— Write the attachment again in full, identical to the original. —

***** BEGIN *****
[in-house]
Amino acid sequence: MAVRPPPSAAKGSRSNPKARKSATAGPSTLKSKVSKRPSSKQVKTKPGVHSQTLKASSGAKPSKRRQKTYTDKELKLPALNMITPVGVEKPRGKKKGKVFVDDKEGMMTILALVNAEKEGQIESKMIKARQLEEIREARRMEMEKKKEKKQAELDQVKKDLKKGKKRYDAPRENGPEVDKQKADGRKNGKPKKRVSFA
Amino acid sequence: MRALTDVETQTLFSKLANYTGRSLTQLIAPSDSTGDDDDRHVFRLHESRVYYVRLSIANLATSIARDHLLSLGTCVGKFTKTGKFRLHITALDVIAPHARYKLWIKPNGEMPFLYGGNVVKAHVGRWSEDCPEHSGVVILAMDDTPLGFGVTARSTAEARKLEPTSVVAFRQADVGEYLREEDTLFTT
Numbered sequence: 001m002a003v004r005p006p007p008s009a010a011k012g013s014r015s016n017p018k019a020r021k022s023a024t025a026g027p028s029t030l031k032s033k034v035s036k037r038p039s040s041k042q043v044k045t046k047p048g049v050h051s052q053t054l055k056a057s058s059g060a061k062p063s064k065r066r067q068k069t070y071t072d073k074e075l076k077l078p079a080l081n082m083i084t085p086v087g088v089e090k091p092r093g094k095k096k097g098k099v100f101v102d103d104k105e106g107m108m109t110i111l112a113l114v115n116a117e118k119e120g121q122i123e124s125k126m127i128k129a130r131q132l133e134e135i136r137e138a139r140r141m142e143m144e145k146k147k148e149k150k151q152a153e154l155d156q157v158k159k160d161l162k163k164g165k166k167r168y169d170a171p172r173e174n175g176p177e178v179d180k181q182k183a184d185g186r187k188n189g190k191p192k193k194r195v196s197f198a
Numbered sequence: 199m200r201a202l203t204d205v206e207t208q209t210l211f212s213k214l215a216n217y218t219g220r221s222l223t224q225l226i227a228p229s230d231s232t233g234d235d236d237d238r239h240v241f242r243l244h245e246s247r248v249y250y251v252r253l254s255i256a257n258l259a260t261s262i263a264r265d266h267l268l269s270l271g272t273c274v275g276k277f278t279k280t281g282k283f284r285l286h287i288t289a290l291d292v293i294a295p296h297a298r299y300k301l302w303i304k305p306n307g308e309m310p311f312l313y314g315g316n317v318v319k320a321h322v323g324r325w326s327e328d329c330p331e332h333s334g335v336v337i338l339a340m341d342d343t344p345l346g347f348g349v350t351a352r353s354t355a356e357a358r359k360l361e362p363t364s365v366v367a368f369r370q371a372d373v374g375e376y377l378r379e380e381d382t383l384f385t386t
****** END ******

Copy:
[in-house]
Amino acid sequence: MAVRPPPSAAKGSRSNPKARKSATAGPSTLKSKVSKRPSSKQVKTKPGVHSQTLKASSGAKPSKRRQKTYTDKELKLPALNMITPVGVEKPRGKKKGKVFVDDKEGMMTILALVNAEKEGQIESKMIKARQLEEIREARRMEMEKKKEKKQAELDQVKKDLKKGKKRYDAPRENGPEVDKQKADGRKNGKPKKRVSFA
Amino acid sequence: MRALTDVETQTLFSKLANYTGRSLTQLIAPSDSTGDDDDRHVFRLHESRVYYVRLSIANLATSIARDHLLSLGTCVGKFTKTGKFRLHITALDVIAPHARYKLWIKPNGEMPFLYGGNVVKAHVGRWSEDCPEHSGVVILAMDDTPLGFGVTARSTAEARKLEPTSVVAFRQADVGEYLREEDTLFTT
Numbered sequence: 001m002a003v004r005p006p007p008s009a010a011k012g013s014r015s016n017p018k019a020r021k022s023a024t025a026g027p028s029t030l031k032s033k034v035s036k037r038p039s040s041k042q043v044k045t046k047p048g049v050h051s052q053t054l055k056a057s058s059g060a061k062p063s064k065r066r067q068k069t070y071t072d073k074e075l076k077l078p079a080l081n082m083i084t085p086v087g088v089e090k091p092r093g094k095k096k097g098k099v100f101v102d103d104k105e106g107m108m109t110i111l112a113l114v115n116a117e118k119e120g121q122i123e124s125k126m127i128k129a130r131q132l133e134e135i136r137e138a139r140r141m142e143m144e145k146k147k148e149k150k151q152a153e154l155d156q157v158k159k160d161l162k163k164g165k166k167r168y169d170a171p172r173e174n175g176p177e178v179d180k181q182k183a184d185g186r187k188n189g190k191p192k193k194r195v196s197f198a
Numbered sequence: 199m200r201a202l203t204d205v206e207t208q209t210l211f212s213k214l215a216n217y218t219g220r221s222l223t224q225l226i227a228p229s230d231s232t233g234d235d236d237d238r239h240v241f242r243l244h245e246s247r248v249y250y251v252r253l254s255i256a257n258l259a260t261s262i263a264r265d266h267l268l269s270l271g272t273c274v275g276k277f278t279k280t281g282k283f284r285l286h287i288t289a290l291d292v293i294a295p296h297a298r299y300k301l302w303i304k305p306n307g308e309m310p311f312l313y314g315g316n317v318v319k320a321h322v323g324r325w326s327e328d329c330p331e332h333s334g335v336v337i338l339a340m341d342d343t344p345l346g347f348g349v350t351a352r353s354t355a356e357a358r359k360l361e362p363t364s365v366v367a368f369r370q371a372d373v374g375e376y377l378r379e380e381d382t383l384f385t386t